I do think there needs to be SOME interaction between boys and girls….activities planned by the schools that can mix up the genders and have the kids interact. Coed after school clubs? Intramurals? While I believe that a lot of learning atmospheres should kept gender separate, you shouldn’t keep boys and girls from complete interaction.

22 Mr.Lomax April 27, 2008 at 12:55 am

I was surprised to notice that more people voted yes. I am undecided because we don’t actually know if segregation works and could also create a bigger emphasis on gender differences… that’s how feminism started; we don’t need that again.

If it works, I’ll welcome the idea.

23 Revamp May 5, 2008 at 4:17 am

Having been through both all-male and mixed I must say that the former seemed to create a far more tense and unappealing atmosphere. The presence of girls for some reason makes both teachers and students aware that they are human beings.

I would suggest that a great number of the problems comes from disparity of treatment delivered by parents. A study showed, for instance, that children wrapped in blue were more likely to be treated as if they should not be crying by nurses looking after them, while those in pink were treated in a more considerate and soothing fashion. As these differences in treatment pre-date the differences in character I would suggest that the source of the diversity is the care given, rather than the differences instructing the care.

This would only be exacerbated by division down the {misleading an entirely arbitrary} line of what sexual organs the child happens to posses. Indeed I would suggest that the more integration that occurs the better: interaction slays bigotry and I feel that there is an increasing amount of this, since misogyny is weakening but simply being replaced by ascendant misandry.

This is no improvement, to my mind, and we would be fools to provoke more of it.

24 Mackenzie May 8, 2008 at 8:46 pm

Should the gay boys be put in the girls’ classes and the lesbians in the boys’ classes to keep the sexual tensions away too? Oh, but then what do we do with the bisexuals? What about transgender, genderqueer, and intersex children?

thePiper is right about “sit down and shut up” being perfectly normal school rules, not “girl stuff.”

Boys are more often diagnosed with ADHD, this is true. It’s also true that they have a higher tendency to be disruptive in displaying their ADHD tendencies, while we are more likely to zone out. I wasn’t diagnosed until college because I was the semi-quiet girl staring out the window, rather than the boy throwing pencils across the room. We are generally ignored by the teachers who don’t connect zoning out, talking out of turn, and forgetting assignments constantly with ADHD because all they know is “bad kids who run around and throw things have ADHD.”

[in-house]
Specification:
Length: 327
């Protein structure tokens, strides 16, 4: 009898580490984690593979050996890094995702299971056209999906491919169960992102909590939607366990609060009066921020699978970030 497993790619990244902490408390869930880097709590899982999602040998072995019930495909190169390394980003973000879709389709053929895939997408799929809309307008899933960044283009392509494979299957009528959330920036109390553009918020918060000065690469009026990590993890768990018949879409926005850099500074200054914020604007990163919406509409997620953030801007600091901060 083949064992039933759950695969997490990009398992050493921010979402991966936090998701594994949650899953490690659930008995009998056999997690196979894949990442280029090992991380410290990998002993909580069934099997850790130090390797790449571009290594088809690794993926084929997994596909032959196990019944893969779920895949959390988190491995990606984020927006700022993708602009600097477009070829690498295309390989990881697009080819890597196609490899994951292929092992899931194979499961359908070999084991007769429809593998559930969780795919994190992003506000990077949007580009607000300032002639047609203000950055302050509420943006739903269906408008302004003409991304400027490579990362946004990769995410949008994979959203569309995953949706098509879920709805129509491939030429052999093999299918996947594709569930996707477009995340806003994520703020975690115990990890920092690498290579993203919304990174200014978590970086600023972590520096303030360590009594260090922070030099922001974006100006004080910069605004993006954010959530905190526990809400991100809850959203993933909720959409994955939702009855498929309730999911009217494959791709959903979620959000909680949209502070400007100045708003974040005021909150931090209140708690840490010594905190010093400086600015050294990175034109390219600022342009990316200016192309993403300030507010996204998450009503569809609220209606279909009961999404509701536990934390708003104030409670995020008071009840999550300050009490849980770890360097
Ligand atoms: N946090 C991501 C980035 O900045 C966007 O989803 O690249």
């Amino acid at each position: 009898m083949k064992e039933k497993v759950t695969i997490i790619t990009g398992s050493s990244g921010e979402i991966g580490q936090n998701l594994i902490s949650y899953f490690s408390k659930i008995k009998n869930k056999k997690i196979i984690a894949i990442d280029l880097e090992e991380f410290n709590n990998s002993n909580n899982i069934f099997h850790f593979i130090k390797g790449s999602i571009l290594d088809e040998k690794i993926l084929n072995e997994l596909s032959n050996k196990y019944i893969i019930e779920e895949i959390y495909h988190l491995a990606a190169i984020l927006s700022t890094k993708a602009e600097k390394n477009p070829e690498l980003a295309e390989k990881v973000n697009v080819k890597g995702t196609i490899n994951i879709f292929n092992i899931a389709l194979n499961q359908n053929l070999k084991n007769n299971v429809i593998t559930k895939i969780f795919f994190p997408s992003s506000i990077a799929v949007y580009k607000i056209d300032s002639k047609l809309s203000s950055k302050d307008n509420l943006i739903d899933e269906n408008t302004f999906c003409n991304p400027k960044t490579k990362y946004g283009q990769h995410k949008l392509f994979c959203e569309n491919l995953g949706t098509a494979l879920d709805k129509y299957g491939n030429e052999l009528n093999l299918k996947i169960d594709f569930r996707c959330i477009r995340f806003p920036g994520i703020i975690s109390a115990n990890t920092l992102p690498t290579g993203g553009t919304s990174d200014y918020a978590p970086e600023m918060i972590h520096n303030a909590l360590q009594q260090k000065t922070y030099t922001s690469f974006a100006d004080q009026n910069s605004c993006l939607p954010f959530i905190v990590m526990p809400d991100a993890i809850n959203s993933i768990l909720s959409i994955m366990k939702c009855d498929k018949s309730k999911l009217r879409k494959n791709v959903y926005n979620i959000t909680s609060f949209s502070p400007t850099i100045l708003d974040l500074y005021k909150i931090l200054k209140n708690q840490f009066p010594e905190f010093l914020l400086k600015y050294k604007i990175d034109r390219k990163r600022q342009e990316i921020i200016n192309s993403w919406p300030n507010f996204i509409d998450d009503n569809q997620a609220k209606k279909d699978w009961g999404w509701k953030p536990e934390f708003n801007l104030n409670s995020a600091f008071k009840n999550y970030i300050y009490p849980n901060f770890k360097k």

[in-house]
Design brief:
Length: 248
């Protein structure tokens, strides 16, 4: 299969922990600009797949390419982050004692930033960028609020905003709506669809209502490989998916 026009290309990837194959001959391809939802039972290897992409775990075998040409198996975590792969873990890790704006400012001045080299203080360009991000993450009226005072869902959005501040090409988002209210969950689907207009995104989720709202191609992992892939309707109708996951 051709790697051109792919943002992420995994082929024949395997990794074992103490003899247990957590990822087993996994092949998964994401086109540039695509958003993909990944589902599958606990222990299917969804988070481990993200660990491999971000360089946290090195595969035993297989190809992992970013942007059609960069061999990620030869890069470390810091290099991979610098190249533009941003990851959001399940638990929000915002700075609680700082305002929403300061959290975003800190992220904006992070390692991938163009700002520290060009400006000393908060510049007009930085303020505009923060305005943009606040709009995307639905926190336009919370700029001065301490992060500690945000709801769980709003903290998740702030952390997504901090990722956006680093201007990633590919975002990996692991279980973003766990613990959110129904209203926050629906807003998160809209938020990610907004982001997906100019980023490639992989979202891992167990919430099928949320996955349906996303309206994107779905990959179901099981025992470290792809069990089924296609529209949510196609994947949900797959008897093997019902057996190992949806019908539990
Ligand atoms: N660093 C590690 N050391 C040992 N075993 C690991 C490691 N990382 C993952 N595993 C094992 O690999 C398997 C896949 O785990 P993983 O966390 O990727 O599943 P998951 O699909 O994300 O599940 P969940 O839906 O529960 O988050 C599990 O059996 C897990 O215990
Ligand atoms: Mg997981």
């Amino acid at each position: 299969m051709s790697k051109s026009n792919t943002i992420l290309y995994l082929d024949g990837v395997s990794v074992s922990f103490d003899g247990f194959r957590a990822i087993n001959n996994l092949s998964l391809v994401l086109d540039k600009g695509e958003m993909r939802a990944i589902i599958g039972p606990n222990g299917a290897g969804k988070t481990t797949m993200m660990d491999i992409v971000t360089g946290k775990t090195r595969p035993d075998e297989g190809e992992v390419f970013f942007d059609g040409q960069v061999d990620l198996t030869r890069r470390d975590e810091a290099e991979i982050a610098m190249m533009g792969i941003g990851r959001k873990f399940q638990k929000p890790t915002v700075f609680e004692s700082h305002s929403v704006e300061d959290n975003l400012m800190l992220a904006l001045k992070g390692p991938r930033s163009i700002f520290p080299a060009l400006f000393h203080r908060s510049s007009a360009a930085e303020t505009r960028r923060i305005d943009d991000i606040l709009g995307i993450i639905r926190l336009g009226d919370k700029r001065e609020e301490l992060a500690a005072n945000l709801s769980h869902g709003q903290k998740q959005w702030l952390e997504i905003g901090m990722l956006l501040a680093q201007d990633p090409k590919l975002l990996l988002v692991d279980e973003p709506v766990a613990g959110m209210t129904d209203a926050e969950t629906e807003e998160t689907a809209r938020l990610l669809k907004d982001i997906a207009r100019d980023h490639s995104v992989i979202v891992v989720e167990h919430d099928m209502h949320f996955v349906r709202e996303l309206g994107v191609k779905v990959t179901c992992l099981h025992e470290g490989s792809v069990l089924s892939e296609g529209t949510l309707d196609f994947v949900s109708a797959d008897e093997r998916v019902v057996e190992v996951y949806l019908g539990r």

Those high school drop out rates and everything else listed? Guess what? Those could have a lot to do with ADHD. ADHD kids are much more likely to drop out of high school because they don’t know how to direct their ADHD constructively. That’s a matter of treating the ADHD and teaching the kids how to work with their ADHD, not against it. ADHD can be a great blessing if you know how to take advantage of the unique ways it lets you work. Nobody teaches ADHD kids how to work with what they’ve got. Either you learn to see how hyperfocusing can lead to great results and how easily being bored can lead to studying a wide range of topics, or you struggle.

25 Tallal Tarik May 14, 2008 at 3:14 pm

Well I have studied in both segregated and mixed classes. My experiences of the segregated classes were comparatively better than mixed classes not only in terms of good grades but also in understanding the practical realities of life.
Socializing with the opposite sex is mostly learnt in childhood and adolescence through your parents’ interactions with each other rather than through your own personal experiences and this is what is manifested in our behaviors later in life.
Real time experience is not the sole way of learning, the real learning comes when you tend to analyze it rather than to forget it over night.
So I think when it comes to school education then it is better to have separate classes.

26 apollonian May 15, 2008 at 9:35 pm

Can there be any doubt that American cultural and educational trends have influenced the academic ascent of girls at the expense of boys? I’m most concerned that the last few generations men are failing their boys. The denigrated role of fatherhood, authority and “male” characteristics and competition indicted for leading girls to an “unhealthy self-image.” And still, the question of how 40 years of accommodating the supposed special educational needs of girls in a coed environment is hardly ever asked. This despite hard numbers showing declining trends in male high school graduation rates, college admission applications, and the inverse upward trend of male imprisonment.

Obviously, women are not to blame as they cannot be expected to understand manhood.

No, it’s the generations of fathers who’ve rolled over and let their sons grow up in an educational and social context that increasingly vilifies manhood. Fathers have willingly let women redefine how boys are to be molded and brought into manhood. As the number of male teachers at all levels of public education has declined over the last four decades, too many unformed male egos are captive to an exclusively gynocentric agenda.